Kirk goes on to describe various customs and habits of the fairies: "Their apparel and speech is like that of the people and country under which they live ... they speak but little and and that by way of whistling - clear, not rough." He reports that they live "much longer than we yet die at last, ... 'tis one of their tenets that nothing perisheth, but (as the Sun and year) everything goes in a circle ... and is renewed and refreshed in its revolutions ..." Kirk continues "They are said to have aristocratical rulers and laws, but no discernible religion, love or devotion towards God ... they disappear whenever they hear his name invoked ..."
Some human men (and only rarely women, Kirk suggests) are invested with what Kirk terms "second sight" - the ability to see the fairies. These folk dislike traveling when the fairies shift houses, and report seeing them often at funeral banquets and having great supernatural battles with fairy warriors. Kirk offers many of their remedies for fairy mischief, and recounts tales of "women yet alive who tell they were taken away when in child-bed to nurse fairy children." He also reports the many differing views these men offer about the very nature of the fairy people: are they "departed souls attending awhile in this inferior state," or "only exuvious fumes of the man approaching death, exhaled and congealed into a various likeness"? Or are they instead, as "not a few avouch," "a numerous people by themselves, having their own politics"?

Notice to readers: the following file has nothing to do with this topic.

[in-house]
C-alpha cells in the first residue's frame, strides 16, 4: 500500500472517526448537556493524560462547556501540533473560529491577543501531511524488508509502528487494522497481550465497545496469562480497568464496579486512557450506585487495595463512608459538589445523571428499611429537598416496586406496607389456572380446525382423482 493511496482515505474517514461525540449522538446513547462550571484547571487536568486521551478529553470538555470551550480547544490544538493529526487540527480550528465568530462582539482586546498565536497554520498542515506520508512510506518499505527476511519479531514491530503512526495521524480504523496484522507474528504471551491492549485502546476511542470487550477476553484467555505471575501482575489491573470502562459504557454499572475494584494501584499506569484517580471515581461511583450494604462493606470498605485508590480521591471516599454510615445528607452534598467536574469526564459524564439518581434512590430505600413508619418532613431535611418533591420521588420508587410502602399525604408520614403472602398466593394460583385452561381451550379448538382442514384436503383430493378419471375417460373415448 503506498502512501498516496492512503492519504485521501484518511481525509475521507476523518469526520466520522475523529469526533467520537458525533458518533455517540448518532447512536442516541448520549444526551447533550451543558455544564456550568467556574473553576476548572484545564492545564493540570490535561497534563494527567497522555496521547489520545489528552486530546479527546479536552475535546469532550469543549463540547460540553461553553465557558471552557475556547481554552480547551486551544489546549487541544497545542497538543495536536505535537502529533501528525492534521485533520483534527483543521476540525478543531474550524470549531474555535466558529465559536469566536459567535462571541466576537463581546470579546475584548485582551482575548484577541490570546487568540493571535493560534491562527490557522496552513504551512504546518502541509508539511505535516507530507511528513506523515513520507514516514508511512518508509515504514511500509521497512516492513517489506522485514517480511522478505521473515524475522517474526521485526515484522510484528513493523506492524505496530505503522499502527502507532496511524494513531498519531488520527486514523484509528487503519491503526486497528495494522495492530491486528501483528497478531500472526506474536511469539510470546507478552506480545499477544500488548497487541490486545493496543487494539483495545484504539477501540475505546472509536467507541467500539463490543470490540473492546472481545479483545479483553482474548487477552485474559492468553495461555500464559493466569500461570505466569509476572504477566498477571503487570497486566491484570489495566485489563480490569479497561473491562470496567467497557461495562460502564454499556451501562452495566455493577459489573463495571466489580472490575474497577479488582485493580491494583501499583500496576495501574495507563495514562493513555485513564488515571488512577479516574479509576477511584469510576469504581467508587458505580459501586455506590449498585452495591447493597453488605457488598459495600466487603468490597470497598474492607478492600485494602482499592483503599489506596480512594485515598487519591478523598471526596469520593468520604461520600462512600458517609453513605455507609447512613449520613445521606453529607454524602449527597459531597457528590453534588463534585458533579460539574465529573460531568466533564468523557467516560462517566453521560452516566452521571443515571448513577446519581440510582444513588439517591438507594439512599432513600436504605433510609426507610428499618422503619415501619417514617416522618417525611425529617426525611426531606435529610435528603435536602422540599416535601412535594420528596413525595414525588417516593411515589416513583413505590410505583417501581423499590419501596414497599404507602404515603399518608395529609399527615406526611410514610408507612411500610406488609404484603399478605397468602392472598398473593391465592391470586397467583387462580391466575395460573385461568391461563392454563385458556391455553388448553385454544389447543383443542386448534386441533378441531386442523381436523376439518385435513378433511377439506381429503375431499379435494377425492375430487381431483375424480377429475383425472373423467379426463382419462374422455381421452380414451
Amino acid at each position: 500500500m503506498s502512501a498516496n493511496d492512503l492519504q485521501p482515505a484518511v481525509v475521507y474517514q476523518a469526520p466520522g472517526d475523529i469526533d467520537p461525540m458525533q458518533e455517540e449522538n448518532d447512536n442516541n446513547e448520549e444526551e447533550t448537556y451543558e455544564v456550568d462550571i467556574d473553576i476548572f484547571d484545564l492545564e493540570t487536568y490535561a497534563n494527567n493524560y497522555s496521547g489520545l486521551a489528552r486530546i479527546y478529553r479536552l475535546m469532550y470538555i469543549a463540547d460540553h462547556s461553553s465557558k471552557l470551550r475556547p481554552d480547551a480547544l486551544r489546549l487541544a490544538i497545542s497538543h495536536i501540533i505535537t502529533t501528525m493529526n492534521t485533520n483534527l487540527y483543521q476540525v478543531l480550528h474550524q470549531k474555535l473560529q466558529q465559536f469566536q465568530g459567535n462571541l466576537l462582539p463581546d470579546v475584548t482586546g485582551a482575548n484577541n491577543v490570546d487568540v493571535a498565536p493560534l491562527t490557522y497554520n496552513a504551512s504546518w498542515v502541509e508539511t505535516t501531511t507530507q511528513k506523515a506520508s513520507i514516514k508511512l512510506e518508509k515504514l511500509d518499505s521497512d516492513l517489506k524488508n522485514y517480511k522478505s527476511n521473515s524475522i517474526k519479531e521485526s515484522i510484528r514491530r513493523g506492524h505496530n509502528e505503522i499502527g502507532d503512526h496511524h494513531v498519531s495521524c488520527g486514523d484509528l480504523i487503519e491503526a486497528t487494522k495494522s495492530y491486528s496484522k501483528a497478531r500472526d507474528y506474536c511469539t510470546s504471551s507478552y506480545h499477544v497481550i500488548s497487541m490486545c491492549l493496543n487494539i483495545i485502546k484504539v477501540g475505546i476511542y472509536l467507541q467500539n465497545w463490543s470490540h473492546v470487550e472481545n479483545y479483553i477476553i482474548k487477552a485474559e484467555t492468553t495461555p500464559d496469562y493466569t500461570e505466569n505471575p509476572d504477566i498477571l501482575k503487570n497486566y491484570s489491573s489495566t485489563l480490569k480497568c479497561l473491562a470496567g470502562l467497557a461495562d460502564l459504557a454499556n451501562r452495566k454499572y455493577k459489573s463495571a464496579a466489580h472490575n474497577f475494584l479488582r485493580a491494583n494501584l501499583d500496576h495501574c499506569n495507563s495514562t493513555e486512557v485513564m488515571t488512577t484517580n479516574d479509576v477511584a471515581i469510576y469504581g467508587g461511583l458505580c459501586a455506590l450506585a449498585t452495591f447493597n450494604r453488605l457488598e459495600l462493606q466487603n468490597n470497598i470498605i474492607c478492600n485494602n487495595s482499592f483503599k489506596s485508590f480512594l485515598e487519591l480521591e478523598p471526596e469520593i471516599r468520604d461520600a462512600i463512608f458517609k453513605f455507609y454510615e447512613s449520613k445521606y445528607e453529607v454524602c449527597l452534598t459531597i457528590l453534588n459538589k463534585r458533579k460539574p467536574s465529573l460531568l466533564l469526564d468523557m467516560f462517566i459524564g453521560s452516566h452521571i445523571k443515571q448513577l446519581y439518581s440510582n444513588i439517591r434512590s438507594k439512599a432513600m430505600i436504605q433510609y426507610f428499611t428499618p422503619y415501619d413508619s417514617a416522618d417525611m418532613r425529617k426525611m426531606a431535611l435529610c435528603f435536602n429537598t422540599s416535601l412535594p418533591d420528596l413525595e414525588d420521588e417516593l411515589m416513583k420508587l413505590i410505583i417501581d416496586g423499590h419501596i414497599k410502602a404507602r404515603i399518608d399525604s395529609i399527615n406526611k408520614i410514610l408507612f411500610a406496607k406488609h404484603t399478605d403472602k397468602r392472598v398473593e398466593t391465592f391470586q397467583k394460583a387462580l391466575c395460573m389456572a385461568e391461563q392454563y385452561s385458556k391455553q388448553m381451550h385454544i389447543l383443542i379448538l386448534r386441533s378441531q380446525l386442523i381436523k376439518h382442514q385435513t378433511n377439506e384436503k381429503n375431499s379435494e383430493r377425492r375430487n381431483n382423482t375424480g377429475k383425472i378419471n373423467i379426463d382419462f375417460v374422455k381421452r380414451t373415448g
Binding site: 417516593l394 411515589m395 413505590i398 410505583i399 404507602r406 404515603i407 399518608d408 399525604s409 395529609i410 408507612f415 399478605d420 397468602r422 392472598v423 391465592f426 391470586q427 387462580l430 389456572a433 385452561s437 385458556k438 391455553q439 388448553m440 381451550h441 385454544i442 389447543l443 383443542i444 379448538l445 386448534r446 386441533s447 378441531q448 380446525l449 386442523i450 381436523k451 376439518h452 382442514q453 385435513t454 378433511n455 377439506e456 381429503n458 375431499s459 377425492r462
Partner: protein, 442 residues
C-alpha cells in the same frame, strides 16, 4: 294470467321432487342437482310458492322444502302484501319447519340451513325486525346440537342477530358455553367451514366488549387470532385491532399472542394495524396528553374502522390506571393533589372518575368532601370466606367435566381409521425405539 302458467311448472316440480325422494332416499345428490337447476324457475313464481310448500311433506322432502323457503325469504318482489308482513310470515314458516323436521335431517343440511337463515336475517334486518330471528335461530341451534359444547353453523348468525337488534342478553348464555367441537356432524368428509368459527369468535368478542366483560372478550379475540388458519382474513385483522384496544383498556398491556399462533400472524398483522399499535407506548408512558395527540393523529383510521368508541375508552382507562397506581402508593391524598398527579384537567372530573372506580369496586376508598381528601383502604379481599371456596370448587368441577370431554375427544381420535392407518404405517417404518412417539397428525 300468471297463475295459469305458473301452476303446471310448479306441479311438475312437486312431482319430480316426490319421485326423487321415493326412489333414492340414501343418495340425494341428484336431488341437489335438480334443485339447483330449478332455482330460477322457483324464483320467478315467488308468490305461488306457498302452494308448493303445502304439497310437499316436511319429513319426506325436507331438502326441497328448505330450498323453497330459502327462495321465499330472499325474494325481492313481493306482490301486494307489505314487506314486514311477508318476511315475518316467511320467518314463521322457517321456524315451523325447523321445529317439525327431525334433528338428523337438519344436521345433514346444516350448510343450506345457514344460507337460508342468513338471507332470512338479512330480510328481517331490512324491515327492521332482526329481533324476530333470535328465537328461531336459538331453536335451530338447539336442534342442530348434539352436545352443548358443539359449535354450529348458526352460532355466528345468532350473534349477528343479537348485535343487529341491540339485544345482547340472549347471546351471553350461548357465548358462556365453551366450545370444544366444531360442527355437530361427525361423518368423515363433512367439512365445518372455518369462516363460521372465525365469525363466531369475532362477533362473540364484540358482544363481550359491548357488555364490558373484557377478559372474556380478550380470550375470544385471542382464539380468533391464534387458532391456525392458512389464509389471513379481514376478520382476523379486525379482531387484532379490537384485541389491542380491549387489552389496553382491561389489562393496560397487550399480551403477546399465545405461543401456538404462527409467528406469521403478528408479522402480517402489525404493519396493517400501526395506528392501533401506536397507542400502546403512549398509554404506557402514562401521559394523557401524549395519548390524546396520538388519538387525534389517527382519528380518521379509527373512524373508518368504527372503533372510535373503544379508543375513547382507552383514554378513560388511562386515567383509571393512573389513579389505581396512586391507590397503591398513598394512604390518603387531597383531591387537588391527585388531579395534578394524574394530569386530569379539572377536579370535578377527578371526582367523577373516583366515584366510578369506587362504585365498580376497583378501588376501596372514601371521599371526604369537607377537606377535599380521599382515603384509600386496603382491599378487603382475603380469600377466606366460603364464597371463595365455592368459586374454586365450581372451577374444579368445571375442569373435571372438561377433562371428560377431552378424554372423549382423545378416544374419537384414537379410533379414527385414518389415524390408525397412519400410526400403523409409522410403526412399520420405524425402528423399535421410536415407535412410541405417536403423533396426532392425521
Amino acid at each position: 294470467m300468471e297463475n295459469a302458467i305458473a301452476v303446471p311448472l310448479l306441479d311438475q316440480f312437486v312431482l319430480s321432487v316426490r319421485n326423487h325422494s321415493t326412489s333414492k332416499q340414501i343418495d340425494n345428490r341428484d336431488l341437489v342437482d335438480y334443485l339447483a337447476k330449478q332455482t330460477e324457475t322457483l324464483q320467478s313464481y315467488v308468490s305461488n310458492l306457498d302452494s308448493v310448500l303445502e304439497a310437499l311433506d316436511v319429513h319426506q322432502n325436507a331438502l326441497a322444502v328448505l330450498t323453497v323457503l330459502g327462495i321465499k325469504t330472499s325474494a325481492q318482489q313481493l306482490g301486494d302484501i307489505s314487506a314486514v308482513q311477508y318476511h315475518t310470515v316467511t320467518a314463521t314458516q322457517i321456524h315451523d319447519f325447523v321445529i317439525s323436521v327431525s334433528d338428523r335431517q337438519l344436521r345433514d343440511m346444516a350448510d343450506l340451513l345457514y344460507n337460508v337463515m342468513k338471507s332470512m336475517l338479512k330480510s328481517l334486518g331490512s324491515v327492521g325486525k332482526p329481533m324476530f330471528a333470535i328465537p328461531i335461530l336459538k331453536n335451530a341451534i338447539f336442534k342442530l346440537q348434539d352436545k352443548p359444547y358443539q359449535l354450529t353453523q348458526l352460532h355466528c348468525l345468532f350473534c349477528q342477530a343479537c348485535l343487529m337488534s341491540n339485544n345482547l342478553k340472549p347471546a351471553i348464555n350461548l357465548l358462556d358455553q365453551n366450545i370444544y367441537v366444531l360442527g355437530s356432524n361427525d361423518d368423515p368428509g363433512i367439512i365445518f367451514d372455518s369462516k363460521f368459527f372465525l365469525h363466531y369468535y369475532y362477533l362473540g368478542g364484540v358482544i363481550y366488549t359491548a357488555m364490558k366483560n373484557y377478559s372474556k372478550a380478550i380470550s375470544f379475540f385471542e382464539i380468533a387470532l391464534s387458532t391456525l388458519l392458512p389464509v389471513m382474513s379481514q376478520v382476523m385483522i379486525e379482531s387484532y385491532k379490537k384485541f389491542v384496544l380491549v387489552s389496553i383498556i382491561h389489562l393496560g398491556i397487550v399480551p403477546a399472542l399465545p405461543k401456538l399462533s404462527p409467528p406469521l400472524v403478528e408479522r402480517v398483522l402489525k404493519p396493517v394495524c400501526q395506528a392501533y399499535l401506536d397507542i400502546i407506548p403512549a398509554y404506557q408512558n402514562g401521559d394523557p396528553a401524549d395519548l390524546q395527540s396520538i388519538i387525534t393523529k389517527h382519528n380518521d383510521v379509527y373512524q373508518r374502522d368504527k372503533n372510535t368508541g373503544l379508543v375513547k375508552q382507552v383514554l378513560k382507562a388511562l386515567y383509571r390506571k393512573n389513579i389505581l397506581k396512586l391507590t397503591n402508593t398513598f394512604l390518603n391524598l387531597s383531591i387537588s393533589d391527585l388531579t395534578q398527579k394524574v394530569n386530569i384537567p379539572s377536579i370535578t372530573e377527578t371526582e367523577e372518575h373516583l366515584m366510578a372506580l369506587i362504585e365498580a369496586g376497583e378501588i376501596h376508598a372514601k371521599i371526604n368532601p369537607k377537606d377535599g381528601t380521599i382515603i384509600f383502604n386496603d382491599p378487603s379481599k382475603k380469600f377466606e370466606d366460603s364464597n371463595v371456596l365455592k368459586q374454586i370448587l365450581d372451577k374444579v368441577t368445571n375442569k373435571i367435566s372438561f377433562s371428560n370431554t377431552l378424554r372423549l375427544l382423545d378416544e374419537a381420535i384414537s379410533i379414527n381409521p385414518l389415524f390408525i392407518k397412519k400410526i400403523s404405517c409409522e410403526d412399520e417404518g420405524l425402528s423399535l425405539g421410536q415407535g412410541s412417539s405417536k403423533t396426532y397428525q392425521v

Kirk is careful to distinguish those with second sight from witches, noting "this sight falling to some persons by accident and it being connatural to others from their birth, the derivation of it cannot always be wicked." Pressed to explain the diminishing number of fairy sightings in his own day, Kirk explained that as religion generally and Christianity particularly became more common, our subterranean neighbors began to keep more to themselves ... this is why, he suggests, they have been so rarely in evidence recently.
Kirk devotes the middle portion of his essay to accounts of seers and their predictions, then offers a lengthy justification "to show that [such activity] is not unsuitable to reason nor the Holy Scriptures." He concludes this section this way: "Therefore every age hath some secret left for its discovery, and who knows but this intercourse betwixt the two kinds of rational inhabitants of the same earth may be not only believed shortly but as freely entertained and as well known as now the art of navigation, printing, gunning, riding on saddles with stirrups, and the discoveries of microscopes which were sometimes as great a wonder and as hard to be believed." Who knows indeed.
For fans of the fictions of Susanna Clarke, Neil Gaiman and other writers of modern fairy tales, Robert Kirk's Secret Commonwealth will surely not disappoint.